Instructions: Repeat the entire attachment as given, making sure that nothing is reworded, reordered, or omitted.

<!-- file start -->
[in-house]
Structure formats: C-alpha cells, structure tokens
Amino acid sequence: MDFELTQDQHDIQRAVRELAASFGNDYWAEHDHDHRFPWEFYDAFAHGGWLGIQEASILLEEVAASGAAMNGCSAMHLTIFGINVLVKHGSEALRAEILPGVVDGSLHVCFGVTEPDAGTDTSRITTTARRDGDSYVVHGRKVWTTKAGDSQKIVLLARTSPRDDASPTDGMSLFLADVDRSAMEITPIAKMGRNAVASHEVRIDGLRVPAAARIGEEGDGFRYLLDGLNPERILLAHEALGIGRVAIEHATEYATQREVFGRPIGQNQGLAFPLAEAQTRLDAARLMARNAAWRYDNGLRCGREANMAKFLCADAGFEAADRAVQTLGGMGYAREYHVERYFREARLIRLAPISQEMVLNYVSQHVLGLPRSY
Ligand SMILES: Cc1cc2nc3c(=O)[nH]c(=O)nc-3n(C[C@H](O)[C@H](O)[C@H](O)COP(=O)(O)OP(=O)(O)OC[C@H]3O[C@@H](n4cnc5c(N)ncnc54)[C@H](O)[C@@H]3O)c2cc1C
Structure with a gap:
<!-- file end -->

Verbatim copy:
[in-house]
Structure formats: C-alpha cells, structure tokens
Amino acid sequence: MDFELTQDQHDIQRAVRELAASFGNDYWAEHDHDHRFPWEFYDAFAHGGWLGIQEASILLEEVAASGAAMNGCSAMHLTIFGINVLVKHGSEALRAEILPGVVDGSLHVCFGVTEPDAGTDTSRITTTARRDGDSYVVHGRKVWTTKAGDSQKIVLLARTSPRDDASPTDGMSLFLADVDRSAMEITPIAKMGRNAVASHEVRIDGLRVPAAARIGEEGDGFRYLLDGLNPERILLAHEALGIGRVAIEHATEYATQREVFGRPIGQNQGLAFPLAEAQTRLDAARLMARNAAWRYDNGLRCGREANMAKFLCADAGFEAADRAVQTLGGMGYAREYHVERYFREARLIRLAPISQEMVLNYVSQHVLGLPRSY
Ligand SMILES: Cc1cc2nc3c(=O)[nH]c(=O)nc-3n(C[C@H](O)[C@H](O)[C@H](O)COP(=O)(O)OP(=O)(O)OC[C@H]3O[C@@H](n4cnc5c(N)ncnc54)[C@H](O)[C@@H]3O)c2cc1C
Structure with a gap: